QPL President and CEO Dennis M. Walcott reading a STEM-focused book to kindergarteners
Queens Public Library Brings Science, Technology, Engineering and Math Resources to Queens Kindergarteners as Part of Its First-Ever Bookmobile STEM Tour
QPL’s Mobile Library Will Make Weekly Stops at Queens Elementary Schools for the Remainder of the School Year
Queens, NY_ Queens Public Library has launched its first-ever Bookmobile STEM Tour, stopping at schools in communities with the greatest need to provide free STEM resources and instructions to kindergarteners to help them learn STEM concepts, foster their natural curiosity and develop their scientific skills.
The Bookmobile Tour first hit the road in March, and it will continue making stops across Queens until the end of June.
On April 6, which is National Library Outreach Day, the QPL Mobile Library team, accompanied by the QPL Book Bike team, will stop at three elementary schools in South Jamaica, Queens -- P.S. 40, P.S. 48, and P.S. 160 -- offering STEM-oriented storytimes, STEM presentations and interactive science games to kindergarteners.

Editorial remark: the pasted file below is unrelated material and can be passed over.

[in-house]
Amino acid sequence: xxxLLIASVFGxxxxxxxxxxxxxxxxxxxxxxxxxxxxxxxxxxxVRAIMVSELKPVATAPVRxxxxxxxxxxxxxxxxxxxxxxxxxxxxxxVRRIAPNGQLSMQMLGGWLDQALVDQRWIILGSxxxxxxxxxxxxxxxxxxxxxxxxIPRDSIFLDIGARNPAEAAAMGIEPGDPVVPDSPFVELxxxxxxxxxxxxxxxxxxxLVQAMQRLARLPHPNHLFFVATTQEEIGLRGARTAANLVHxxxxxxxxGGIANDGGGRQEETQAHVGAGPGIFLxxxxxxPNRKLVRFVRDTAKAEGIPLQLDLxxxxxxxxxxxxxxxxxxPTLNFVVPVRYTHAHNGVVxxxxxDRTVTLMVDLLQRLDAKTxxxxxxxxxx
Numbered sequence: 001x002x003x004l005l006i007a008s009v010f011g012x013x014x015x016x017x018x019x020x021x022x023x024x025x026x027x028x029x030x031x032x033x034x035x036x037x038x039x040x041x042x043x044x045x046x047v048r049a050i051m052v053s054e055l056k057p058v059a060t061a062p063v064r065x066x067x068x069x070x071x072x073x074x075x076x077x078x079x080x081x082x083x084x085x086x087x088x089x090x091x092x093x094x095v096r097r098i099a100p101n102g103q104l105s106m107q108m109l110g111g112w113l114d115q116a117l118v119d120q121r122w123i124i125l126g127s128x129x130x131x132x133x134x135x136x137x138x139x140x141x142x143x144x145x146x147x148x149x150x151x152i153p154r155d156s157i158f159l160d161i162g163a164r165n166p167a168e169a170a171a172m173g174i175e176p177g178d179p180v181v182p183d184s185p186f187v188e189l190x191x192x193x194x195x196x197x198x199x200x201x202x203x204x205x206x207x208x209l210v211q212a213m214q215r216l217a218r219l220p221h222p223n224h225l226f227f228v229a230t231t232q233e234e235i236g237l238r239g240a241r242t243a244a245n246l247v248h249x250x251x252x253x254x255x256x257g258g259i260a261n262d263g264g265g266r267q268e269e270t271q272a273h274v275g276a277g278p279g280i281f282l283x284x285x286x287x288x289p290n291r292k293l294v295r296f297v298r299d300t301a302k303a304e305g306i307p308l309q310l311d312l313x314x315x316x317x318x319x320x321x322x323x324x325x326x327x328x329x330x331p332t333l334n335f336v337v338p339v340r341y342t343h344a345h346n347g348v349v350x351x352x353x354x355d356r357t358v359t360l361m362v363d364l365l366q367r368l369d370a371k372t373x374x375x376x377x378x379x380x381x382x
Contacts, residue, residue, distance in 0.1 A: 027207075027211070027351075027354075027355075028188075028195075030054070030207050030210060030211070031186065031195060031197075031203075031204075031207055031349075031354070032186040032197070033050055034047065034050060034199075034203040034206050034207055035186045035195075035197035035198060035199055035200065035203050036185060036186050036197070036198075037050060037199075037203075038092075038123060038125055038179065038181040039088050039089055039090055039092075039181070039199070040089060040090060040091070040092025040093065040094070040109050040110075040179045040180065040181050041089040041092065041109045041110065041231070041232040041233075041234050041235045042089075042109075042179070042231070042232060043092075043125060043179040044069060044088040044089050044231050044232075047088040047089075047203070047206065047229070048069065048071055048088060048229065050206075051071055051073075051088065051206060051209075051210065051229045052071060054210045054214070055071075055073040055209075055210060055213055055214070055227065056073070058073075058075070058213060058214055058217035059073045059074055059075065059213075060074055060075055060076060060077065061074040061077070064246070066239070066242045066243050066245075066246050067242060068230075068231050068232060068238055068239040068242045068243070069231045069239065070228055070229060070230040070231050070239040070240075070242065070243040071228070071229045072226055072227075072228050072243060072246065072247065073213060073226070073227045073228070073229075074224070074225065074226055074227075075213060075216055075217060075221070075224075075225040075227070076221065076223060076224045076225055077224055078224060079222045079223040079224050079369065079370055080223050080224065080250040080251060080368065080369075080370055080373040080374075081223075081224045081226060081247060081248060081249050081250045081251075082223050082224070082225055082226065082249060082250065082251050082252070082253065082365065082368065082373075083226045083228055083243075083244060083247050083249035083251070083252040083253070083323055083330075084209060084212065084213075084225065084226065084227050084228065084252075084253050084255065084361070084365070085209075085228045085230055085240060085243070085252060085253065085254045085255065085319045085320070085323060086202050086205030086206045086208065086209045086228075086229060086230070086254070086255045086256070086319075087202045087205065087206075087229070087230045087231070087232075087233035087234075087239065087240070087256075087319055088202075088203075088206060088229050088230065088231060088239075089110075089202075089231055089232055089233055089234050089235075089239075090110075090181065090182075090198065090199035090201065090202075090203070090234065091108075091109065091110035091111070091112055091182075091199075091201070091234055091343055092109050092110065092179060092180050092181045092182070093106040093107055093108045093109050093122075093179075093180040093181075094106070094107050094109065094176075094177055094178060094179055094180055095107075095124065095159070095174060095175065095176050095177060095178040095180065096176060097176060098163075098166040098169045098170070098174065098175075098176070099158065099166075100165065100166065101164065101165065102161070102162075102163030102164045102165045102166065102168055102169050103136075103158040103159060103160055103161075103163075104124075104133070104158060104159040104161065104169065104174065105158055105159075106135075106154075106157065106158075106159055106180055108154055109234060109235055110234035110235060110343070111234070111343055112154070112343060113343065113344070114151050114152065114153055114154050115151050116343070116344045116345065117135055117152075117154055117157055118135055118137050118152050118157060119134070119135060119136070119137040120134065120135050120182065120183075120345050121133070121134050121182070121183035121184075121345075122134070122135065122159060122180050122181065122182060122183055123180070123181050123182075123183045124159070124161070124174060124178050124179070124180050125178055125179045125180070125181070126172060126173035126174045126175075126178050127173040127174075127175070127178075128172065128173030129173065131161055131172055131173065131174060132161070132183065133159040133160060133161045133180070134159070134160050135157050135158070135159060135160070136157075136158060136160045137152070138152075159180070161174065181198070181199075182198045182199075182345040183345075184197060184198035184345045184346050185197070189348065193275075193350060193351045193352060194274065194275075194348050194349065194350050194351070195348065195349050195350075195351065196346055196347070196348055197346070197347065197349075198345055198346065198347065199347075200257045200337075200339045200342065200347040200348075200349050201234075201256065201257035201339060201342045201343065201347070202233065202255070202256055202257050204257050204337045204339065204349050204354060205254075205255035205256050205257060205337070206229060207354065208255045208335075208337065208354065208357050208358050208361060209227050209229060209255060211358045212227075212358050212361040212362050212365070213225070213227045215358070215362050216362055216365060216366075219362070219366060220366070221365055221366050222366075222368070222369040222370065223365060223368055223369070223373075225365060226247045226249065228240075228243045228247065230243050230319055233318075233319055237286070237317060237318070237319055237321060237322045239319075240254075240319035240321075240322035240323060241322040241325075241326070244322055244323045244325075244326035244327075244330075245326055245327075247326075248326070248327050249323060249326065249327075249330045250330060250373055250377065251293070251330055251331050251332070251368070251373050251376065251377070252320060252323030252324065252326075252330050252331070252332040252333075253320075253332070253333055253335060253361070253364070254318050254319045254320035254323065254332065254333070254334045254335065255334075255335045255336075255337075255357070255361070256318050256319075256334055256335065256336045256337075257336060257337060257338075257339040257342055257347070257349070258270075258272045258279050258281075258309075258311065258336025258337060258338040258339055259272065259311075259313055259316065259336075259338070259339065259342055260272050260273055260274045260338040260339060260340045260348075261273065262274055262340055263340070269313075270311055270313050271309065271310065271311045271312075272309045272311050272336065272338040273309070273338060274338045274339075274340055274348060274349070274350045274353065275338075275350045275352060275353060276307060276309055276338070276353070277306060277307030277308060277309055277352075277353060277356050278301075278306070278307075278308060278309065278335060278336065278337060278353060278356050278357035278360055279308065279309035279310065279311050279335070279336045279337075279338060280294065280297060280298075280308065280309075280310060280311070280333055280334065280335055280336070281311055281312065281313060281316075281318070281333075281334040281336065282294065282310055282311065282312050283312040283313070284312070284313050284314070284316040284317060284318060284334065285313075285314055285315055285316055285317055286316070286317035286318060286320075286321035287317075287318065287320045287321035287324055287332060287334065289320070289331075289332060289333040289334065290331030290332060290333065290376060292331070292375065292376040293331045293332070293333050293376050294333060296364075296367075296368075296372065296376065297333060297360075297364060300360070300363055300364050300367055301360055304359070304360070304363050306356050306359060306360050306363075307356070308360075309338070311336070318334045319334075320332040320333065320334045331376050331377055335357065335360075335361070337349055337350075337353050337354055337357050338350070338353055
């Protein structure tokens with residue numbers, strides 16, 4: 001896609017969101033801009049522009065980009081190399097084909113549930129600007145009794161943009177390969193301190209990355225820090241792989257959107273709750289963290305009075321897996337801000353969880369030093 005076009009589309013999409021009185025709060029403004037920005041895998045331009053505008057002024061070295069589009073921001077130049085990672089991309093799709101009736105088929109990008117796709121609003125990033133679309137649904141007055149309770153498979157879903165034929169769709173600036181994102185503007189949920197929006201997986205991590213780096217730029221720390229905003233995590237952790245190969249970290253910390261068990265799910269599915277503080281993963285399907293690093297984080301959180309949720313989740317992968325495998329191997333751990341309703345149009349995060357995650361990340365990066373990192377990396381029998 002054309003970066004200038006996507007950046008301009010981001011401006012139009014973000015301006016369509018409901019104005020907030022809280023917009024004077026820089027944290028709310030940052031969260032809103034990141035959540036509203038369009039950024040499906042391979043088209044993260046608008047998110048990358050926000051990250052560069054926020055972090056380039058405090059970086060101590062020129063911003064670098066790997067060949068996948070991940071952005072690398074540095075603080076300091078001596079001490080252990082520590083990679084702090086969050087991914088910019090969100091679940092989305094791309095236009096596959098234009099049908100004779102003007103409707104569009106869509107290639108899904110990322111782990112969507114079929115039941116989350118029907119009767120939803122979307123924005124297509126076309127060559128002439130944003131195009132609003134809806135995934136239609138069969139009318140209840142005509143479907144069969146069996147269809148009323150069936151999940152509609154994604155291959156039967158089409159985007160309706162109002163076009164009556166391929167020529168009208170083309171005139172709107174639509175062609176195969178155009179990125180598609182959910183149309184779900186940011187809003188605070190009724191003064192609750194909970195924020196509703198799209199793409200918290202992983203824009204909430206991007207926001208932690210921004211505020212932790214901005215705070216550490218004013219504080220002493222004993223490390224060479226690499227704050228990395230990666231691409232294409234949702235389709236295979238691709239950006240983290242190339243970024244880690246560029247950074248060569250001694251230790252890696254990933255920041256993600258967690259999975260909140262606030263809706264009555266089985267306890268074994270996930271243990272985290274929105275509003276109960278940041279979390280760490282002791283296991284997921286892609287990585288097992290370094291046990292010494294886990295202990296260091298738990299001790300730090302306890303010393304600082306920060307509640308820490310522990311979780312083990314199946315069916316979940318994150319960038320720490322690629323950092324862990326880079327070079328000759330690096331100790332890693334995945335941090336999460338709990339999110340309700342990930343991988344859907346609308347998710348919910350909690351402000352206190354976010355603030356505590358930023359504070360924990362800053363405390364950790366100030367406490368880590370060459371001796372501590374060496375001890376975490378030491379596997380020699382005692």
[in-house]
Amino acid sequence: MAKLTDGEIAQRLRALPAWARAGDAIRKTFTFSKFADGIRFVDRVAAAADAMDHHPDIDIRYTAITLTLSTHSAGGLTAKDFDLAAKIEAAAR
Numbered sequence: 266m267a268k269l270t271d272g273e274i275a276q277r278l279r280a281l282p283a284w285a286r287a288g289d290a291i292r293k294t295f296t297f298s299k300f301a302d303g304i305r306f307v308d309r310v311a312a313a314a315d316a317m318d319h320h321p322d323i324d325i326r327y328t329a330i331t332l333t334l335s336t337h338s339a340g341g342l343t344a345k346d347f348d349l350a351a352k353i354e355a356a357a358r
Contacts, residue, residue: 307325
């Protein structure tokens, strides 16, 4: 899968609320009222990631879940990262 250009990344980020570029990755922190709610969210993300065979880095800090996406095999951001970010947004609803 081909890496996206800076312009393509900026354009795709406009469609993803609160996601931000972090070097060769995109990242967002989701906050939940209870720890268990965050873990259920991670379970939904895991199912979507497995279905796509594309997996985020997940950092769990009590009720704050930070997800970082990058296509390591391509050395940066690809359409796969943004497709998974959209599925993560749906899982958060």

The Queens Public Library’s South Jamaica and Baisley Park branches have been working with elementary schools in the area since 2014 as part of the South Jamaica Reads partnership, which seeks to ensure that children enter school prepared to learn and stay on track for academic success.
During the Bookmobile Tour, science educators from Vinny Voltage Science Show will provide hands-on STEM activities, covering topics such as ecosystems, plants, animals, weather, seasons, energy, heat, space, engineering, robotics, and more.
At each stop on April 6, QPL President and CEO Dennis M. Walcott will welcome students aboard the bus and read STEM-focused books to them.
“As New York strives to emerge from the pandemic as a more equitable city, Queens Public Library is doing its part to reach out to our communities and help children develop STEM skills early on in their education,” said QPL President and CEO Dennis M. Walcott. “By encouraging STEM learning among young children, we hope to inspire the next generation of innovators and problem-solvers.”